Amazon’s private airline that outsources cargo flying to third parties has ended its partnership with Silver Airways, a small regional carrier that operated five small ATR72-500 turboprop planes on small feeder routes, FreightWaves has confirmed.
Silver Airways, a privately held regional airline based in Fort Lauderdale, Florida, that operates passenger service in the Southeast, the Bahamas and the Caribbean with small propeller aircraft and seaplanes, began flying under contract with Amazon (NASDAQ: AMZN) in November 2021. It moved packages between cities such as Des Moines, Iowa; Albuquerque, New Mexico; Wichita, Kansas; and Omaha, Nebraska, and Amazon’s regional hub at Alliance Fort Worth Airport in Texas.
An Amazon spokesperson said that Amazon is no longer working with Silver Airways. No explanation was given for the decision, and the online retailer didn’t indicate if it will find a carrier to replace Silver.
“We’re always evaluating our operations to better serve our customers. None of the changes we’ve made will impact our customers’ experience,” the company said in a statement to FreightWaves.
Silver Airways could not be reached for a response.
Aviation publication Cargo Facts was first to report Amazon had terminated its contract with Silver Airways, which supplied the aircraft and operated and maintained them.
Carriers that fly under the Amazon umbrella are ABX Air and Air Transport International (both owned by Air Transport Services Group ), Atlas Air, and Sun Country (NASDAQ: SNCY) Hawaiian Airlines (NASDAQ: HA) will begin flying cargo jets on Amazon’s behalf starting in the fourth quarter. ASL Airlines provides dedicated carriage in Europe.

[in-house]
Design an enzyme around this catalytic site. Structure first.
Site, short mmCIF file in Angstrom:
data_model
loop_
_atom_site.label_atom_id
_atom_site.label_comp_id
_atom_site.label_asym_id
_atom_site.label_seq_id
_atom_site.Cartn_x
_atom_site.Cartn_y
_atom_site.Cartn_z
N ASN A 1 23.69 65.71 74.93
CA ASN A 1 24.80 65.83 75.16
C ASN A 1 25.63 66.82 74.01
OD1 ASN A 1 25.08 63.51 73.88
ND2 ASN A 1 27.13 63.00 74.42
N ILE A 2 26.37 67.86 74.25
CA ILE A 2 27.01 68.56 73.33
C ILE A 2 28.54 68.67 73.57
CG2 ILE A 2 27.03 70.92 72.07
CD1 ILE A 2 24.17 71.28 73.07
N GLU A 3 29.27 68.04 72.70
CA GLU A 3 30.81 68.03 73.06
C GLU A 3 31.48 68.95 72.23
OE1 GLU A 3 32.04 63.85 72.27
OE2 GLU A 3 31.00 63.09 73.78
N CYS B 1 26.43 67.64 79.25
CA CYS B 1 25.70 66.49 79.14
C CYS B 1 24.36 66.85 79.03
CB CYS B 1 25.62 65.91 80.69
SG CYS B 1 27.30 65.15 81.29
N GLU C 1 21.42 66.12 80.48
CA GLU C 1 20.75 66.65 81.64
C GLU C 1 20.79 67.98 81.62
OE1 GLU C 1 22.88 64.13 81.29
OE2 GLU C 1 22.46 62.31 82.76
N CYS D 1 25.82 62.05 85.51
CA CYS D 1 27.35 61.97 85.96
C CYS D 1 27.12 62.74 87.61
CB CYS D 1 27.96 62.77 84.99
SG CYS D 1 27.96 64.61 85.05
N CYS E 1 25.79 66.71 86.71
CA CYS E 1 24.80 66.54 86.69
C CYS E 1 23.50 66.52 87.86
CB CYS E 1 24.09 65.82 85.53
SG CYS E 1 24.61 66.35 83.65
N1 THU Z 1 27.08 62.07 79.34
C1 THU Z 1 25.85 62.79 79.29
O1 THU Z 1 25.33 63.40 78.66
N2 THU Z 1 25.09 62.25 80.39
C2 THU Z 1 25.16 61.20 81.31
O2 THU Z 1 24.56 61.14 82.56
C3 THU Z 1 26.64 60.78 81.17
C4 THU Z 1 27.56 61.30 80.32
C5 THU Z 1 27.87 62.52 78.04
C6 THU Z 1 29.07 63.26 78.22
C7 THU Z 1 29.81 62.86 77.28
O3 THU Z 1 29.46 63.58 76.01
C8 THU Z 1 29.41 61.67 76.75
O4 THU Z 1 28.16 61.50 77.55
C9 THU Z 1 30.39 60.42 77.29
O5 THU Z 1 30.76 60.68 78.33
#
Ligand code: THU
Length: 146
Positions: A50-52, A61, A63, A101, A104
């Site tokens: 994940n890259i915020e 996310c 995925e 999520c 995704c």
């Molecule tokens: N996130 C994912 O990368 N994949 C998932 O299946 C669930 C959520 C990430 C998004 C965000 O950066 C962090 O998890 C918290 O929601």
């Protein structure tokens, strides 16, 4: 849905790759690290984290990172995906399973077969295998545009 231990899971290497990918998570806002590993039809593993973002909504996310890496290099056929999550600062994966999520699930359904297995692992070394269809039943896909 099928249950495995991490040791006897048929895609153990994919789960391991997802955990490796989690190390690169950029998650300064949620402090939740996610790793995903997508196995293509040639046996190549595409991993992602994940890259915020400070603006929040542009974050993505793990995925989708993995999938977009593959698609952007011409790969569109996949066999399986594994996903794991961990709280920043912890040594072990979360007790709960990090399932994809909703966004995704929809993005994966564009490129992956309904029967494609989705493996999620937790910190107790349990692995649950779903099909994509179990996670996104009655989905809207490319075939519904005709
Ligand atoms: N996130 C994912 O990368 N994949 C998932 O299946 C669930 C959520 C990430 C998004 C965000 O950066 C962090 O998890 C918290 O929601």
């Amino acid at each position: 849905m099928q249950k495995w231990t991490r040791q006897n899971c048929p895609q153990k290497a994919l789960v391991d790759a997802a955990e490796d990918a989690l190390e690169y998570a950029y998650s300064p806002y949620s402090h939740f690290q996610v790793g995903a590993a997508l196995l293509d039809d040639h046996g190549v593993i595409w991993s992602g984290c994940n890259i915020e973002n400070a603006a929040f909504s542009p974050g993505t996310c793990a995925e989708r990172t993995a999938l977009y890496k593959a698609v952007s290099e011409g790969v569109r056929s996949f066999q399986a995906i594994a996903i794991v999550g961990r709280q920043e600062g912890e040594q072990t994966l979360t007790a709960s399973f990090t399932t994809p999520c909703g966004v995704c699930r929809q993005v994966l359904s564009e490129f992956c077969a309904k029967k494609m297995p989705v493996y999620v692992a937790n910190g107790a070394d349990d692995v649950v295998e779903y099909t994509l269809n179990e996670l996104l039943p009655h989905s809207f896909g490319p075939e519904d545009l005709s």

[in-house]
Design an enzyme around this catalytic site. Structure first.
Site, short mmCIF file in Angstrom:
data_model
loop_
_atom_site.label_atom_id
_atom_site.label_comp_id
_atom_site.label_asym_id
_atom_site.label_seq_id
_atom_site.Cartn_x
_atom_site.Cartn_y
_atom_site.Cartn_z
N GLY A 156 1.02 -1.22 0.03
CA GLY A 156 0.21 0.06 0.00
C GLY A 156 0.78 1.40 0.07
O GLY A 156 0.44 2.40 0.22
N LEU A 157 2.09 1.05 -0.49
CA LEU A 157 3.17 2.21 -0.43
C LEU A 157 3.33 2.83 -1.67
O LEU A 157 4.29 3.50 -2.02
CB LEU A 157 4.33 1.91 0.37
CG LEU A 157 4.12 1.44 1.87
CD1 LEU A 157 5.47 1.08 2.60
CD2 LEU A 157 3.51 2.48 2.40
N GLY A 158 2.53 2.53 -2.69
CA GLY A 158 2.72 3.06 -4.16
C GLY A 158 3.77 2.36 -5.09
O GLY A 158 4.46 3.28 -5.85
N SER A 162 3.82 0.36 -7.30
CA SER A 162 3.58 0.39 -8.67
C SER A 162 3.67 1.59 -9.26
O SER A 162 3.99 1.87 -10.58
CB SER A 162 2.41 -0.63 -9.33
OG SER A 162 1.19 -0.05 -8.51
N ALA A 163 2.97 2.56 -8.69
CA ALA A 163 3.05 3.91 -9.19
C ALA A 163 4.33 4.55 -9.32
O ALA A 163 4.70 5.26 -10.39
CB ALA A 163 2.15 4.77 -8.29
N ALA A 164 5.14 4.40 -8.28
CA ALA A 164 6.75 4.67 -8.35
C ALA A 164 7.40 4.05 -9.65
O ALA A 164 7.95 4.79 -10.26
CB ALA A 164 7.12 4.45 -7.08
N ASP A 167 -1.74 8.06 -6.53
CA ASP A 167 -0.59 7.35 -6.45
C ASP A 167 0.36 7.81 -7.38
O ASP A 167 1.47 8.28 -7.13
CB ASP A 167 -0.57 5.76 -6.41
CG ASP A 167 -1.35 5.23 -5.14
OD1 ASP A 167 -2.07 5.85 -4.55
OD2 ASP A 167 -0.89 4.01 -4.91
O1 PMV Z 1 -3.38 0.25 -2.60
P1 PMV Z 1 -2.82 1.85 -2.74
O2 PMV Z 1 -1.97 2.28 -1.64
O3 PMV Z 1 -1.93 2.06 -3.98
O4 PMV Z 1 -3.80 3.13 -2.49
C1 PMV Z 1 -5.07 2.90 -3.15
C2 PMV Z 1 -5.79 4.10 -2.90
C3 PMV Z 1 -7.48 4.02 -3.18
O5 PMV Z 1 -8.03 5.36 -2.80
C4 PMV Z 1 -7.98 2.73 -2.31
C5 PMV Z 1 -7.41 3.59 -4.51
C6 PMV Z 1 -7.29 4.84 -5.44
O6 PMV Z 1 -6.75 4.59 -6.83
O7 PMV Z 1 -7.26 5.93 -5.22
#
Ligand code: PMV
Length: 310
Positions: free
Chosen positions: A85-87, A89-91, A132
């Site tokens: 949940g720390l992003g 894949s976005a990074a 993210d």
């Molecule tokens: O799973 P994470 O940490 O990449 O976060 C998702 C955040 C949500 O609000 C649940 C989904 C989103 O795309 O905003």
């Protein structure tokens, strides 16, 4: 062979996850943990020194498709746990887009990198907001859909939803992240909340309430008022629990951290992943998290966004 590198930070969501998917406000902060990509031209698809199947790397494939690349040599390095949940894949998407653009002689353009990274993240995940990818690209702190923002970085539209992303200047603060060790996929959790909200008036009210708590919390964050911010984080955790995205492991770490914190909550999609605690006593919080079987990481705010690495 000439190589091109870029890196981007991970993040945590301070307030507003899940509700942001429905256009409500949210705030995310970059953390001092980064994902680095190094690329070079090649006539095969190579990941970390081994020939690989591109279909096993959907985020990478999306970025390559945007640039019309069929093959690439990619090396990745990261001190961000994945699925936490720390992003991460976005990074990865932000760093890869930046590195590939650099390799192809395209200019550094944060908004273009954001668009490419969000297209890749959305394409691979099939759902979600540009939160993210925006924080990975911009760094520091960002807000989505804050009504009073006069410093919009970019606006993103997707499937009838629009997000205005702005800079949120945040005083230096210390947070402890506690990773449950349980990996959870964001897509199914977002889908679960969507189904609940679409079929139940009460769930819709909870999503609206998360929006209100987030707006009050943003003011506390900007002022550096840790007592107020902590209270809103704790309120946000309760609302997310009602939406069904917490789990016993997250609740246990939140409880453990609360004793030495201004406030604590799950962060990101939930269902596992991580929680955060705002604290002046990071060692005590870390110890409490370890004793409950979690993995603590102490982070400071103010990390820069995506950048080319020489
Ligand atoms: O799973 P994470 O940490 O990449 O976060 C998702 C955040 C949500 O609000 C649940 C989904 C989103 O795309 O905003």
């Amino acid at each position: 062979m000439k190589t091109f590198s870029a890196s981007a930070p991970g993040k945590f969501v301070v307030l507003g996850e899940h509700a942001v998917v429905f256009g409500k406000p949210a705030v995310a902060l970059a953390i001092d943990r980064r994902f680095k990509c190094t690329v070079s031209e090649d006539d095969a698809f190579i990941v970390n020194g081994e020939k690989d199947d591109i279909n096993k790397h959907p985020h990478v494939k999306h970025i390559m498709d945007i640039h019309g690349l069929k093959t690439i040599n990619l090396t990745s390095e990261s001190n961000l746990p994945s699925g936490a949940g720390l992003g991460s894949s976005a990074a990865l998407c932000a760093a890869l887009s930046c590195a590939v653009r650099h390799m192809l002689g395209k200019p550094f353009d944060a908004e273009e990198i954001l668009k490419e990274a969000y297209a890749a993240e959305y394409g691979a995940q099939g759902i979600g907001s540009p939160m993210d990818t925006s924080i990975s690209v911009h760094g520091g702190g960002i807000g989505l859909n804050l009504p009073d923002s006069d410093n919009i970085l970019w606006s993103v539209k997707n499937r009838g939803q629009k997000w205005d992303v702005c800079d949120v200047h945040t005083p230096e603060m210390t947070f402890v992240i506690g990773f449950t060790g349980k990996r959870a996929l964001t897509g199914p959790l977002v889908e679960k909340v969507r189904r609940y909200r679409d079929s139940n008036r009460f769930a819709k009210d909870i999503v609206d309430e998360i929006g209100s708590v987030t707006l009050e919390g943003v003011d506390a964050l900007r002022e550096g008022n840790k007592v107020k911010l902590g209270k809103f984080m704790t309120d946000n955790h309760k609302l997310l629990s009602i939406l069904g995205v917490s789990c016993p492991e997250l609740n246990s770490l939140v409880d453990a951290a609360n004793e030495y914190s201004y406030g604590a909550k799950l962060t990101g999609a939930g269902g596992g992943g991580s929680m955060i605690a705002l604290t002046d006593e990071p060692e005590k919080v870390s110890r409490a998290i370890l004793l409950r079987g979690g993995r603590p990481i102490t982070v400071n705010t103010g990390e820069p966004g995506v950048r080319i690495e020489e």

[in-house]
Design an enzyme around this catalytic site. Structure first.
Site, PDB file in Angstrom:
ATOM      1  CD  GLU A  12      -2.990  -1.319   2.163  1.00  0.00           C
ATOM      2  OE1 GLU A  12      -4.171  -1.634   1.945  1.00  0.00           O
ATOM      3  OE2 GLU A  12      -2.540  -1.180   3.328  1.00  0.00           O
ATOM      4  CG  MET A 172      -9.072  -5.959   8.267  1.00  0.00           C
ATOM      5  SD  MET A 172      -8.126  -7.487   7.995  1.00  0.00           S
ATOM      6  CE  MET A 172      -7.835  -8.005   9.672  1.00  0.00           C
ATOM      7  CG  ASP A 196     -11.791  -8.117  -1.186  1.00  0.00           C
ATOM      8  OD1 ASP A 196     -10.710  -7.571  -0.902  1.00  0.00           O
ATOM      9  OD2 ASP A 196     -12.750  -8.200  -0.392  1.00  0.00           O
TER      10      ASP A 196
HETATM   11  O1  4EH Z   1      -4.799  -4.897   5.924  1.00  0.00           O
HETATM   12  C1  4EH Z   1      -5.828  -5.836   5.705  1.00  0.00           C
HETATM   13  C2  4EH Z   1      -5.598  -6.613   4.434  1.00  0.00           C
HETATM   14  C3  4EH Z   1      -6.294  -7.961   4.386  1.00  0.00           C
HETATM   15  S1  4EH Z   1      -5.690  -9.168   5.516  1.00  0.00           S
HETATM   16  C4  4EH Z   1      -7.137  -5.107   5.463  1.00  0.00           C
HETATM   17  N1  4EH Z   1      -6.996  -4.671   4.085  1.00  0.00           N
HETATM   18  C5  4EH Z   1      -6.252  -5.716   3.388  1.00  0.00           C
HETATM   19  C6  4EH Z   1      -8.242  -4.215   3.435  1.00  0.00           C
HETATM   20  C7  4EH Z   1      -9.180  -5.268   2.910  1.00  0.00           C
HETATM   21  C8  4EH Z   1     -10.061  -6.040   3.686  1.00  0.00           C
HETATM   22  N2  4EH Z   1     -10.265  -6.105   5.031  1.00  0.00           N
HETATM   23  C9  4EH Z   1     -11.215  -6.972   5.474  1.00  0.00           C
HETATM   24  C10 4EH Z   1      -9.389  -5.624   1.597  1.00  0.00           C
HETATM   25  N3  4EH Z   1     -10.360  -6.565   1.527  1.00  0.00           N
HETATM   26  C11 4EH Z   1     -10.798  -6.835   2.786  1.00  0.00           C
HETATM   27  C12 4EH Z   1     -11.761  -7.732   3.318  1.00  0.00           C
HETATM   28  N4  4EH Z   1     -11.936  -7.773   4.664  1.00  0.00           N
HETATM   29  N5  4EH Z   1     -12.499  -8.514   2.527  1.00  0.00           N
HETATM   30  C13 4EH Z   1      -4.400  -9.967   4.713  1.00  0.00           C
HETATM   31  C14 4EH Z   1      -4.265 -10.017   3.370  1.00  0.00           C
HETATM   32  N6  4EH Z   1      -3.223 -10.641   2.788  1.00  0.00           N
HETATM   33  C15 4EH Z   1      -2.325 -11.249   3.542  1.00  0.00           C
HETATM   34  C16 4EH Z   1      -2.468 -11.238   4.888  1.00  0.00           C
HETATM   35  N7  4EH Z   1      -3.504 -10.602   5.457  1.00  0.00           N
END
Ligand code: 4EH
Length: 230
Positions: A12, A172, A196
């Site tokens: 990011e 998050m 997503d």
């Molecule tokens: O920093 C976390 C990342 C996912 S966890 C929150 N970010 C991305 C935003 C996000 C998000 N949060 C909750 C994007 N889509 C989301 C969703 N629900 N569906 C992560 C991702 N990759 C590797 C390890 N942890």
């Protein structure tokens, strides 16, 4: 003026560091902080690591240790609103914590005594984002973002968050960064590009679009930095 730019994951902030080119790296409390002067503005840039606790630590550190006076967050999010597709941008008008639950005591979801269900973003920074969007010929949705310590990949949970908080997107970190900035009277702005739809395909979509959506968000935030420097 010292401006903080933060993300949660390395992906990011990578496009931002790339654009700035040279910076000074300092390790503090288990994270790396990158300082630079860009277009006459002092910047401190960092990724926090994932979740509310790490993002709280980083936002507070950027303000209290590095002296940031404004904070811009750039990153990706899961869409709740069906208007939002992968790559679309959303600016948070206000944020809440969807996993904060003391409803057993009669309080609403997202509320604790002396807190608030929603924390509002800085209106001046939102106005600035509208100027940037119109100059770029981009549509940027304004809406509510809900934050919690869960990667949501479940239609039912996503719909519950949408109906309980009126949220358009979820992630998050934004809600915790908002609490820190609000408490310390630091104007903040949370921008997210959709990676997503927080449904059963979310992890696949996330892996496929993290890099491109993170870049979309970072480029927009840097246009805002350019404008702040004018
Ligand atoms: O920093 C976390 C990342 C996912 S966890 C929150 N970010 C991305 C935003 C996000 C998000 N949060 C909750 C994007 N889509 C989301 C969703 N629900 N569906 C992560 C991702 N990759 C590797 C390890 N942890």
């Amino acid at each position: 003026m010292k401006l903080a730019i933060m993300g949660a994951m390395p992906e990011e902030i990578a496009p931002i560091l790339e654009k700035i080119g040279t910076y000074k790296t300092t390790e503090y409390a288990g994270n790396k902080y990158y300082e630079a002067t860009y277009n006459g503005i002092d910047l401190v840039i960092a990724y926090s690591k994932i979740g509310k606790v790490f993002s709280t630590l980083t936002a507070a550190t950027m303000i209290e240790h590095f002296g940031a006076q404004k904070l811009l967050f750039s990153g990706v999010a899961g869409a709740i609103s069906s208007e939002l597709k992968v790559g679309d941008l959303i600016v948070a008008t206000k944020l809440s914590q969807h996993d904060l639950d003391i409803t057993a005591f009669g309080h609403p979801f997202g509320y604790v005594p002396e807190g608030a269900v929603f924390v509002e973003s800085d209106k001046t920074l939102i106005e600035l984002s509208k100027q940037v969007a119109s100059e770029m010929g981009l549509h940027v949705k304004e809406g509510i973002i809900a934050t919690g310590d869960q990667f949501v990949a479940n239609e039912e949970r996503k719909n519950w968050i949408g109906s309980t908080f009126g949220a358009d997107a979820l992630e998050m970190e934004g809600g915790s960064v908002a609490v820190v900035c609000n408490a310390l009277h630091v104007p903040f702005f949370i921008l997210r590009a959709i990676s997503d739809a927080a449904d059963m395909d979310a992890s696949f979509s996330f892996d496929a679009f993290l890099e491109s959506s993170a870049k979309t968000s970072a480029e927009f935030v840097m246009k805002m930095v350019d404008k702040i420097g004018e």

Amazon has scaled back the torrid pace of growth of its air network over the past year as the pandemic boom in e-commerce sales cooled to normal levels but has modestly increased flight activity while package carriers FedEx and UPS are flying fewer hours, according to analysts.
Amazon Air flew 7% more month over month in April after a 3% dip in April, but increased flights by 10% from the same period in 2022, Morgan Stanley said in a research note. FedEx (NYSE: FDX) flight hours have decreased 12% year over year, while UPS’ (NYSE: UPS) aircraft utilization is down 2%.
The correlation between demand and flight hours is not as strong as with two express carriers because FedEx and UPS fly for paying customers while Amazon Air mostly hauls goods being stocked in Amazon warehouses, which is a function of online consumer sales. Amazon is still building out its air network to ensure full national coverage and the ability to fulfill orders within a day, while FedEx is downsizing its network to increase efficiency.